Academic journal article Law and Policy in International Business

Panel III B: Operation of the WTO Agreements in the Context of Varying Types of National Regulatory Systems: Presentation Summary and Comments

Academic journal article Law and Policy in International Business

Panel III B: Operation of the WTO Agreements in the Context of Varying Types of National Regulatory Systems: Presentation Summary and Comments

Article excerpt

Question and Answer Summary: The panel was first asked whether the WTO panel correctly decided the Japan--Film case. Southwick replied that the panel erred, not because it made many errors of law, but because it made many errors on the facts, especially concerning the actions of the Japanese government in creating a restrictive structure. He added that there was no paper trail available to differentiate between government action and private sector action. Southwick noted, however, important successes in the WTO with Japan. He cited the USTR threat to bring a case involving NTT telecom rates that would result in the lowering of rates if it were won. Janow said that she agreed with the WTO's line of reasoning in the U.S.--DRAMS case that informal government action is also the government's responsibility. She noted that the use of consultations has been beneficial in the past but that the United States has strayed from their use with Japan. She concluded that the United States needs to use mechanisms other than dispute settlement.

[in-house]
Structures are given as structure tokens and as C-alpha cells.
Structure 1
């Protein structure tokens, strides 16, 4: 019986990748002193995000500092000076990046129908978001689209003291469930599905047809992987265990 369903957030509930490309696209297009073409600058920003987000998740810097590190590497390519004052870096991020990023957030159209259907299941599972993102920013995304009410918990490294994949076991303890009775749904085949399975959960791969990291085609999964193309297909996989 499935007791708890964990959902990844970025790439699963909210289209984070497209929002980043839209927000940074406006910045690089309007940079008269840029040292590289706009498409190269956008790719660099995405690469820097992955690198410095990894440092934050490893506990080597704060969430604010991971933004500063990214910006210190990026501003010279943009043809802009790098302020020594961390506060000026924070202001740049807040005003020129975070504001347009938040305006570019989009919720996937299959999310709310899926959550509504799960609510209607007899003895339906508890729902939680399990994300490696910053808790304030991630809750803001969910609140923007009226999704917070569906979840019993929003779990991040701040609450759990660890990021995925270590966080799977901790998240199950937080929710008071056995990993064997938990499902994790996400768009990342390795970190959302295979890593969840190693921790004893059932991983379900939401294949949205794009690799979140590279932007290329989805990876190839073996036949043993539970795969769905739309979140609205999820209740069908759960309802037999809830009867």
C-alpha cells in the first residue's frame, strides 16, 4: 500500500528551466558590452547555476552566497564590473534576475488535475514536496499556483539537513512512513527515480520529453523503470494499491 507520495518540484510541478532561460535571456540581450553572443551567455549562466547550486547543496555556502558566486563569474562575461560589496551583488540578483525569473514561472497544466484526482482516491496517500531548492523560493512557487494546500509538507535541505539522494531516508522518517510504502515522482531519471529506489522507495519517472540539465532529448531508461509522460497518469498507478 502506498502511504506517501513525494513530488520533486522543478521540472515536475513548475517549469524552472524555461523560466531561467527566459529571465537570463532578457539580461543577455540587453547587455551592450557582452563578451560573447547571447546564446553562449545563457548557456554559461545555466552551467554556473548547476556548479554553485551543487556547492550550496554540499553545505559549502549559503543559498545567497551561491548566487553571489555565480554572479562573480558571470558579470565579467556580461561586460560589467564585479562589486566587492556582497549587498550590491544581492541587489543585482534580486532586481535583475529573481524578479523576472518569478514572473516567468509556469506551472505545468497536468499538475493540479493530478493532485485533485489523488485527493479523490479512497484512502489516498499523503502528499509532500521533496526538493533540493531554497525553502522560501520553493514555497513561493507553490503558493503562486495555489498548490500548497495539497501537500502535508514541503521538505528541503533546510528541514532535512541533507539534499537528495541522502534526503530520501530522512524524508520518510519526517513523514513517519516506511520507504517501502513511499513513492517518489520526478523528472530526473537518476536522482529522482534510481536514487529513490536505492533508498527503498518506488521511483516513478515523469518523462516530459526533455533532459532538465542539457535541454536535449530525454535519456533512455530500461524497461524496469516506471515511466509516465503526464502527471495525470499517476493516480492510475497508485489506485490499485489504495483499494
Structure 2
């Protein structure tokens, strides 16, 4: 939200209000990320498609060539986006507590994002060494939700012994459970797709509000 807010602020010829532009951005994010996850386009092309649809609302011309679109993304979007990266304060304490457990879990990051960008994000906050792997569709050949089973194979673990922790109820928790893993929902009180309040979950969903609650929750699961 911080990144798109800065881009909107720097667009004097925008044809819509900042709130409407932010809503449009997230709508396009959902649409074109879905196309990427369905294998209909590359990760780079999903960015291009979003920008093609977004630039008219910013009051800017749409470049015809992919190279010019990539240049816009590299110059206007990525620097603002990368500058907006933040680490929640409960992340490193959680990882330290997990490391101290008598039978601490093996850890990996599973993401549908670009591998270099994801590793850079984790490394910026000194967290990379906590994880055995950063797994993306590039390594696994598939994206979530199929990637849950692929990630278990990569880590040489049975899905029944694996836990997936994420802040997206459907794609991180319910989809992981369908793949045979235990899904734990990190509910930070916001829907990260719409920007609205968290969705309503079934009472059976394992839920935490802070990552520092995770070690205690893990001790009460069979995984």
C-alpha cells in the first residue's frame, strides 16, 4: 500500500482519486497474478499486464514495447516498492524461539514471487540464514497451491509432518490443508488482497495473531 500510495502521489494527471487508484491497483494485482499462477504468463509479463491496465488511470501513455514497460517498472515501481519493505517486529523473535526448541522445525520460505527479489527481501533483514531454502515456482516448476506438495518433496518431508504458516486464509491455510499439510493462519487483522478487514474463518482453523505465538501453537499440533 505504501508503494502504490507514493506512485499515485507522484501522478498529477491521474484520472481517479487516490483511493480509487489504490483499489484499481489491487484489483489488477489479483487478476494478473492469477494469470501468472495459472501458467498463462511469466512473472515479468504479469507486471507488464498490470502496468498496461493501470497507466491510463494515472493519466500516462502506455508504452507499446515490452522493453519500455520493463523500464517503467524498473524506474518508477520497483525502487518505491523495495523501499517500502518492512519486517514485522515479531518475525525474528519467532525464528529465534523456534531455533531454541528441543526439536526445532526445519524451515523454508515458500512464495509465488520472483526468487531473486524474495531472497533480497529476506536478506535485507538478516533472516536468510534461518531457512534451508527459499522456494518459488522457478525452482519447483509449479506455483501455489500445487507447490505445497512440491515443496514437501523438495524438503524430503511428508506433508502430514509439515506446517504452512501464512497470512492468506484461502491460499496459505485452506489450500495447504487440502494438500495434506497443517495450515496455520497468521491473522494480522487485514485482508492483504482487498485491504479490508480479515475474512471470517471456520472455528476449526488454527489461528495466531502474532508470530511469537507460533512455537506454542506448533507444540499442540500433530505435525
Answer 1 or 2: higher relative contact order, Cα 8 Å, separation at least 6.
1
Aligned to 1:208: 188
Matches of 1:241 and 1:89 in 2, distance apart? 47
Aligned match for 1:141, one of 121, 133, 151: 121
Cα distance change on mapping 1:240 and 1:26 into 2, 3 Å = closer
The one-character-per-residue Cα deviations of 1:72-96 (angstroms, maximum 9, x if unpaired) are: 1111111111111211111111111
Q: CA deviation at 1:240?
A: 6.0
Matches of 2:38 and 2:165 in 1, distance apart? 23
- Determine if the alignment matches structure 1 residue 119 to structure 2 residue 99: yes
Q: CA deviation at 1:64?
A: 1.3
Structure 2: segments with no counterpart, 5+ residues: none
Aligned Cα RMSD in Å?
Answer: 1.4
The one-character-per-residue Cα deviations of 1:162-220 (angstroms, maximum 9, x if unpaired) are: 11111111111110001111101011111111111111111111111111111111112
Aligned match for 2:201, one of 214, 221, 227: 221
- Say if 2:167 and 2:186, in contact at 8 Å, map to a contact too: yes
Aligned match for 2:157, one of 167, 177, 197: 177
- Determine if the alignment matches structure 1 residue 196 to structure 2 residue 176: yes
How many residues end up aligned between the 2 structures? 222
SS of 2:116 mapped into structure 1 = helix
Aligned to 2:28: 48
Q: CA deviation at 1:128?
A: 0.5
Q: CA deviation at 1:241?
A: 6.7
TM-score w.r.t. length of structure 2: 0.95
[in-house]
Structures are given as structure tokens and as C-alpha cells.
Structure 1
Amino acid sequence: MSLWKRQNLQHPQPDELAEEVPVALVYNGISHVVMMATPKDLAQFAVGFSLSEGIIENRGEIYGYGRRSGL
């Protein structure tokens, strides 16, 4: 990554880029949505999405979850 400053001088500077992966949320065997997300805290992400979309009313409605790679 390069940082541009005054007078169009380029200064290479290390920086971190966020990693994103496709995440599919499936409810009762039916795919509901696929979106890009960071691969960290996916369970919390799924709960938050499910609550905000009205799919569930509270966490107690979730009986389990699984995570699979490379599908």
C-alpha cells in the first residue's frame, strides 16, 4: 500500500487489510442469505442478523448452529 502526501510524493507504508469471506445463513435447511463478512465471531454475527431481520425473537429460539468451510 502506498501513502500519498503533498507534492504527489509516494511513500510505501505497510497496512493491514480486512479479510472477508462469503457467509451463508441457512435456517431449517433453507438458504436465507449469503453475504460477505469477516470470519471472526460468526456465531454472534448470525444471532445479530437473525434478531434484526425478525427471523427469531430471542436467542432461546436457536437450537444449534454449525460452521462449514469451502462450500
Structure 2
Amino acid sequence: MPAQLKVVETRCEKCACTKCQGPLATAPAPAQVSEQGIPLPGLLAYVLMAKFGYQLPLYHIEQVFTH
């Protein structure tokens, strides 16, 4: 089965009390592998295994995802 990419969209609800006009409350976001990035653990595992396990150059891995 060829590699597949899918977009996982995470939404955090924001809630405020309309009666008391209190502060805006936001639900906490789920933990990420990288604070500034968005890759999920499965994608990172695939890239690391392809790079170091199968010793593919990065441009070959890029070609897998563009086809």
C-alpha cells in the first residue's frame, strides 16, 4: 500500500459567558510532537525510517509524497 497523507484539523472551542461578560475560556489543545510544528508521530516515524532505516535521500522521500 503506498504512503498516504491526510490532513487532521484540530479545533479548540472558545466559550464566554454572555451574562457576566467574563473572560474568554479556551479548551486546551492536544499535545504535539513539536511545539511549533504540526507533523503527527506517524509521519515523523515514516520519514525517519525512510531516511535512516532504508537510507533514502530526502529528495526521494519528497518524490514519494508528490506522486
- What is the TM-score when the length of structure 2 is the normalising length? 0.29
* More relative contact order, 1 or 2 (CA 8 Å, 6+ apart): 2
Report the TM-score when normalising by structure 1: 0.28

Southwick said that he believes the Japanese law on vertical restraint and distribution is a good law, and that it is an accurate statement to say that it goes beyond U.S. law. Southwick noted, however, that the problem is enforcement and the abysmal record and bureaucratic weakness of the Japanese FTC. He said that the Japanese FTC is unwilling to take action unless a complete evidentiary record is presented, but that such a record is difficult to build if discovery powers are extremely limited. …

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